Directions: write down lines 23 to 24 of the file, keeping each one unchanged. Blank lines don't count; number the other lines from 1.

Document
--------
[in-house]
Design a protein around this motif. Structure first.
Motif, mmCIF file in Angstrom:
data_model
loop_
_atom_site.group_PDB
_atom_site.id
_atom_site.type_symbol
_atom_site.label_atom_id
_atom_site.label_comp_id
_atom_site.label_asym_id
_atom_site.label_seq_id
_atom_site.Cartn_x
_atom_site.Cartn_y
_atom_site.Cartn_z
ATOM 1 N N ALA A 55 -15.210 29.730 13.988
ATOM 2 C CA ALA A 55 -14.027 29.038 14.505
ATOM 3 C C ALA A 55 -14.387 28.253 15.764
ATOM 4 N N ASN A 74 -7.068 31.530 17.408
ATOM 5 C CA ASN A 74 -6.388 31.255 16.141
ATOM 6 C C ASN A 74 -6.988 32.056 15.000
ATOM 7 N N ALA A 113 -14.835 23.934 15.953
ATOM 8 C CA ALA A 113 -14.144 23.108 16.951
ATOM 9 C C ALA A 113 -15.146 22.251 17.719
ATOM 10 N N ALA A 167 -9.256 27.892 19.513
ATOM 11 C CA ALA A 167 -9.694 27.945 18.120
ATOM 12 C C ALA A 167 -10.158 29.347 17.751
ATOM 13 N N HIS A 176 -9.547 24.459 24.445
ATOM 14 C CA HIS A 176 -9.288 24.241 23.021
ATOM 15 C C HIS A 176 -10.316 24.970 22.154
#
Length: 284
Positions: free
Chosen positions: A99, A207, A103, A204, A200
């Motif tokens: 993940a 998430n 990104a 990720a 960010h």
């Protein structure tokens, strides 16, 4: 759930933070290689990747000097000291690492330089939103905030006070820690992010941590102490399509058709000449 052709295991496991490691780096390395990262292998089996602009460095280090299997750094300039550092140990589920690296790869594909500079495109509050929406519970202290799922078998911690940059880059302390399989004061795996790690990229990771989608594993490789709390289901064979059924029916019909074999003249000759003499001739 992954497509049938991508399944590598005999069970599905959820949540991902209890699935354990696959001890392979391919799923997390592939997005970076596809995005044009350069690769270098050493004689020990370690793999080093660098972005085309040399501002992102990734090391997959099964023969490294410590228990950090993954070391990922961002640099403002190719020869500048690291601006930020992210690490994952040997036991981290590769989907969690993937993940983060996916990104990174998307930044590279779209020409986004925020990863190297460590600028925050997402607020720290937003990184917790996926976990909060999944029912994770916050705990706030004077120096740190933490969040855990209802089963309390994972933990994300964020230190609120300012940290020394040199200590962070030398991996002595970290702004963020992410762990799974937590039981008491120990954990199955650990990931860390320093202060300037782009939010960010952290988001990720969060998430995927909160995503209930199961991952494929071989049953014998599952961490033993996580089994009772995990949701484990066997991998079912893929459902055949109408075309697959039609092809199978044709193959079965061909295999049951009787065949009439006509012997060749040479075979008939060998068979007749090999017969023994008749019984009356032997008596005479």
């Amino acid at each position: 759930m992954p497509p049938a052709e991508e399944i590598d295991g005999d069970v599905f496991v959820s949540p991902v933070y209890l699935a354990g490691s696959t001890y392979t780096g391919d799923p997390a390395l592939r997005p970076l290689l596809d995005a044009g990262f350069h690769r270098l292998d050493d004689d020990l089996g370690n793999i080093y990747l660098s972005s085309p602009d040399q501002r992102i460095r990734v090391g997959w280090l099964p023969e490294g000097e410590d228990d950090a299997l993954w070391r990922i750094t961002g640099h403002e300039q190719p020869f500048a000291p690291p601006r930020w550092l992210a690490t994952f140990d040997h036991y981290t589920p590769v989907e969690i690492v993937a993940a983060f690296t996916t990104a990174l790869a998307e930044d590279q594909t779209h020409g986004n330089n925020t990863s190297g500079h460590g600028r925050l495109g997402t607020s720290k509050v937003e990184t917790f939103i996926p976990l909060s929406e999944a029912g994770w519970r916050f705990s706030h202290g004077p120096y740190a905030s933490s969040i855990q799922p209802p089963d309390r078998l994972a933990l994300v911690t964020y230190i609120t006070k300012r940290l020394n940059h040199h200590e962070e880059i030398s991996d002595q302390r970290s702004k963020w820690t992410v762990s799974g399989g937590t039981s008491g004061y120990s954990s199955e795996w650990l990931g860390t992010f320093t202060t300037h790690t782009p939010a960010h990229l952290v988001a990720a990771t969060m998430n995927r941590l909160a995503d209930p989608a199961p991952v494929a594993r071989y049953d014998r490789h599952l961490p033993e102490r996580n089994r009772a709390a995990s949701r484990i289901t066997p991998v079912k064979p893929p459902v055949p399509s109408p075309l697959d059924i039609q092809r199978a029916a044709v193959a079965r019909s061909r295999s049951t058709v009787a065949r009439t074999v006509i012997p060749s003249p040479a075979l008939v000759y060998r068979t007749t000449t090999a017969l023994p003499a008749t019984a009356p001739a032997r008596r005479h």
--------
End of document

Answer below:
ATOM 8 C CA ALA A 113 -14.144 23.108 16.951
ATOM 9 C C ALA A 113 -15.146 22.251 17.719